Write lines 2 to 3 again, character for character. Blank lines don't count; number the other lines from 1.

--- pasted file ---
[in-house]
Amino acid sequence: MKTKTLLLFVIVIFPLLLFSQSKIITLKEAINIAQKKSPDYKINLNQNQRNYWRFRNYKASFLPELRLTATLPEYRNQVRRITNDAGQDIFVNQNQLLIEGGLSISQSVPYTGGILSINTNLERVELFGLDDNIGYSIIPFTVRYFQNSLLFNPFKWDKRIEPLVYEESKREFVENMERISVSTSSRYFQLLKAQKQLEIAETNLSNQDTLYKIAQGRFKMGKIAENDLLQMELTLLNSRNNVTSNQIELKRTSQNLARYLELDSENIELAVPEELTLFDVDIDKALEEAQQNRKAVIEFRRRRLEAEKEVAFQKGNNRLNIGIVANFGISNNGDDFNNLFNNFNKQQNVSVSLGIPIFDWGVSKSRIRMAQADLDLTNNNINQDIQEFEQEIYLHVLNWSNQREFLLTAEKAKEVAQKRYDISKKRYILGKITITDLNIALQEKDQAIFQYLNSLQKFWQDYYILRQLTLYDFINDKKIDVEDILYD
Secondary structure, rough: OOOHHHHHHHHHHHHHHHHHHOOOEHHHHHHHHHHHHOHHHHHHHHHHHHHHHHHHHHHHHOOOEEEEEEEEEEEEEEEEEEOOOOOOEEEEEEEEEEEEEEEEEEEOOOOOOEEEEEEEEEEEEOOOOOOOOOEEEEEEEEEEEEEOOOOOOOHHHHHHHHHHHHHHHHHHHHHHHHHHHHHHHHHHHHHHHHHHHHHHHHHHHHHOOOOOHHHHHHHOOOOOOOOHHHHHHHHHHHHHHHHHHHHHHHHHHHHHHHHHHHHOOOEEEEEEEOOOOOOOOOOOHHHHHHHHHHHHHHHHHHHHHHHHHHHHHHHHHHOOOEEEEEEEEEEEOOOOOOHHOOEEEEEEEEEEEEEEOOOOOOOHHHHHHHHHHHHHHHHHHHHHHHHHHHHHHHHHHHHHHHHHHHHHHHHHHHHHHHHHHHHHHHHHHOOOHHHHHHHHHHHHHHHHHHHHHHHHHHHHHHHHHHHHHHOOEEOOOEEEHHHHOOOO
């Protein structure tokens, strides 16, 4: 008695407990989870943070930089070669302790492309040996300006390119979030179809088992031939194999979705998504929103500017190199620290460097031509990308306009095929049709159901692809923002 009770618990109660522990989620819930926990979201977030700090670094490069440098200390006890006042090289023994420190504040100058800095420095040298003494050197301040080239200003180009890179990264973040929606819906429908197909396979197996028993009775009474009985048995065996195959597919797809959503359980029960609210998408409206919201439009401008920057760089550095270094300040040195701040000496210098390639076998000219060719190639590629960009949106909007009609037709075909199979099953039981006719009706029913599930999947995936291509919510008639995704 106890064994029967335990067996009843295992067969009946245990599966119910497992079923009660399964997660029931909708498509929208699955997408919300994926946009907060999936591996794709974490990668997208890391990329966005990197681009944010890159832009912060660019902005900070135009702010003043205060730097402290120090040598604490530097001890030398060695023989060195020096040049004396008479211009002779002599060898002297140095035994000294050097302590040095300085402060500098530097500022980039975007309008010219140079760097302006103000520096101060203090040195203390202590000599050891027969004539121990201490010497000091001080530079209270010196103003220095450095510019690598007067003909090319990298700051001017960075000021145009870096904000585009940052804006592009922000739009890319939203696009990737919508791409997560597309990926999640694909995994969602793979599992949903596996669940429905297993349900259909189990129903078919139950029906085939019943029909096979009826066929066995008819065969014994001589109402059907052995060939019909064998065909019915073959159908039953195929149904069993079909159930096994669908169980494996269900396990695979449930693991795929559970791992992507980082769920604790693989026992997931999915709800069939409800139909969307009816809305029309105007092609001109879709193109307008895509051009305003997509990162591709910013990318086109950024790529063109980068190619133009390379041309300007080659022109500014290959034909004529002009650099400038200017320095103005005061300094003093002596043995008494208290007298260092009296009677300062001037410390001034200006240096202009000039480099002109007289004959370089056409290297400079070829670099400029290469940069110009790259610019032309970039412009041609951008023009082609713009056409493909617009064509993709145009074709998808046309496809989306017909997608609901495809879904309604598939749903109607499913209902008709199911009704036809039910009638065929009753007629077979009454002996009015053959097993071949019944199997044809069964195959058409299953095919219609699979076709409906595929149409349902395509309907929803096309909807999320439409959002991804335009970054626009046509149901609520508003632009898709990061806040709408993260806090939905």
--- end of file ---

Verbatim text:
Amino acid sequence: MKTKTLLLFVIVIFPLLLFSQSKIITLKEAINIAQKKSPDYKINLNQNQRNYWRFRNYKASFLPELRLTATLPEYRNQVRRITNDAGQDIFVNQNQLLIEGGLSISQSVPYTGGILSINTNLERVELFGLDDNIGYSIIPFTVRYFQNSLLFNPFKWDKRIEPLVYEESKREFVENMERISVSTSSRYFQLLKAQKQLEIAETNLSNQDTLYKIAQGRFKMGKIAENDLLQMELTLLNSRNNVTSNQIELKRTSQNLARYLELDSENIELAVPEELTLFDVDIDKALEEAQQNRKAVIEFRRRRLEAEKEVAFQKGNNRLNIGIVANFGISNNGDDFNNLFNNFNKQQNVSVSLGIPIFDWGVSKSRIRMAQADLDLTNNNINQDIQEFEQEIYLHVLNWSNQREFLLTAEKAKEVAQKRYDISKKRYILGKITITDLNIALQEKDQAIFQYLNSLQKFWQDYYILRQLTLYDFINDKKIDVEDILYD
Secondary structure, rough: OOOHHHHHHHHHHHHHHHHHHOOOEHHHHHHHHHHHHOHHHHHHHHHHHHHHHHHHHHHHHOOOEEEEEEEEEEEEEEEEEEOOOOOOEEEEEEEEEEEEEEEEEEEOOOOOOEEEEEEEEEEEEOOOOOOOOOEEEEEEEEEEEEEOOOOOOOHHHHHHHHHHHHHHHHHHHHHHHHHHHHHHHHHHHHHHHHHHHHHHHHHHHHHOOOOOHHHHHHHOOOOOOOOHHHHHHHHHHHHHHHHHHHHHHHHHHHHHHHHHHHHOOOEEEEEEEOOOOOOOOOOOHHHHHHHHHHHHHHHHHHHHHHHHHHHHHHHHHHOOOEEEEEEEEEEEOOOOOOHHOOEEEEEEEEEEEEEEOOOOOOOHHHHHHHHHHHHHHHHHHHHHHHHHHHHHHHHHHHHHHHHHHHHHHHHHHHHHHHHHHHHHHHHHHOOOHHHHHHHHHHHHHHHHHHHHHHHHHHHHHHHHHHHHHHOOEEOOOEEEHHHHOOOO